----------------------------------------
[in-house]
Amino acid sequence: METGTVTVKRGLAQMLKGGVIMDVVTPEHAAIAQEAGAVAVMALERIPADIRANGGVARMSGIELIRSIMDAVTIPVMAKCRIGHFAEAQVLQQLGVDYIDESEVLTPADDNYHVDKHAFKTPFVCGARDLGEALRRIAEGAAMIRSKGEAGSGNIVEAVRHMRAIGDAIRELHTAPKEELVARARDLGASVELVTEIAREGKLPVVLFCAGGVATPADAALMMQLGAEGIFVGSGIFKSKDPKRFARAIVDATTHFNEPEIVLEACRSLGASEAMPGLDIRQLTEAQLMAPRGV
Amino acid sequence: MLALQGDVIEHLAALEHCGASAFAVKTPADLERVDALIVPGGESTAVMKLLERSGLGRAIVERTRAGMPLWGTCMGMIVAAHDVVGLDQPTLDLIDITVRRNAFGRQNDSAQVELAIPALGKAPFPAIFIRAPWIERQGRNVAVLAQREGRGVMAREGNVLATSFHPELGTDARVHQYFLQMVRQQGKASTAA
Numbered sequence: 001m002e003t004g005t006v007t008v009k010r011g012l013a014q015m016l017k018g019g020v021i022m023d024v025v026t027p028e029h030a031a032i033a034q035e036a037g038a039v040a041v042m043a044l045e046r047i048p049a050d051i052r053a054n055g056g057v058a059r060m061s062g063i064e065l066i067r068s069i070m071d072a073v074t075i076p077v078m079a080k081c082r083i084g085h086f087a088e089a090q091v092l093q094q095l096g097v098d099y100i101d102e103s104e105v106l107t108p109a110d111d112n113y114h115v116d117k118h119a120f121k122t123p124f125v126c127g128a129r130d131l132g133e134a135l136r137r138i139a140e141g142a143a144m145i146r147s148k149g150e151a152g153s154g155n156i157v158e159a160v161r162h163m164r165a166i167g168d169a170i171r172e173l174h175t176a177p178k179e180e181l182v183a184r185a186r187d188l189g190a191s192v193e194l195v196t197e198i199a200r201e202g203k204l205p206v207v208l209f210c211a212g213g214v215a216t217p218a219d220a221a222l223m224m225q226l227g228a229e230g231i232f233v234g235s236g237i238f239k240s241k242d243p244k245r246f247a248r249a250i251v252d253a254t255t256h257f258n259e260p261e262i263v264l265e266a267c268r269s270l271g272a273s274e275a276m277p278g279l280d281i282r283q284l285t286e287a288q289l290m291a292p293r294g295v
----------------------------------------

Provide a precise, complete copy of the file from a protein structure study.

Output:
[in-house]
Amino acid sequence: METGTVTVKRGLAQMLKGGVIMDVVTPEHAAIAQEAGAVAVMALERIPADIRANGGVARMSGIELIRSIMDAVTIPVMAKCRIGHFAEAQVLQQLGVDYIDESEVLTPADDNYHVDKHAFKTPFVCGARDLGEALRRIAEGAAMIRSKGEAGSGNIVEAVRHMRAIGDAIRELHTAPKEELVARARDLGASVELVTEIAREGKLPVVLFCAGGVATPADAALMMQLGAEGIFVGSGIFKSKDPKRFARAIVDATTHFNEPEIVLEACRSLGASEAMPGLDIRQLTEAQLMAPRGV
Amino acid sequence: MLALQGDVIEHLAALEHCGASAFAVKTPADLERVDALIVPGGESTAVMKLLERSGLGRAIVERTRAGMPLWGTCMGMIVAAHDVVGLDQPTLDLIDITVRRNAFGRQNDSAQVELAIPALGKAPFPAIFIRAPWIERQGRNVAVLAQREGRGVMAREGNVLATSFHPELGTDARVHQYFLQMVRQQGKASTAA
Numbered sequence: 001m002e003t004g005t006v007t008v009k010r011g012l013a014q015m016l017k018g019g020v021i022m023d024v025v026t027p028e029h030a031a032i033a034q035e036a037g038a039v040a041v042m043a044l045e046r047i048p049a050d051i052r053a054n055g056g057v058a059r060m061s062g063i064e065l066i067r068s069i070m071d072a073v074t075i076p077v078m079a080k081c082r083i084g085h086f087a088e089a090q091v092l093q094q095l096g097v098d099y100i101d102e103s104e105v106l107t108p109a110d111d112n113y114h115v116d117k118h119a120f121k122t123p124f125v126c127g128a129r130d131l132g133e134a135l136r137r138i139a140e141g142a143a144m145i146r147s148k149g150e151a152g153s154g155n156i157v158e159a160v161r162h163m164r165a166i167g168d169a170i171r172e173l174h175t176a177p178k179e180e181l182v183a184r185a186r187d188l189g190a191s192v193e194l195v196t197e198i199a200r201e202g203k204l205p206v207v208l209f210c211a212g213g214v215a216t217p218a219d220a221a222l223m224m225q226l227g228a229e230g231i232f233v234g235s236g237i238f239k240s241k242d243p244k245r246f247a248r249a250i251v252d253a254t255t256h257f258n259e260p261e262i263v264l265e266a267c268r269s270l271g272a273s274e275a276m277p278g279l280d281i282r283q284l285t286e287a288q289l290m291a292p293r294g295v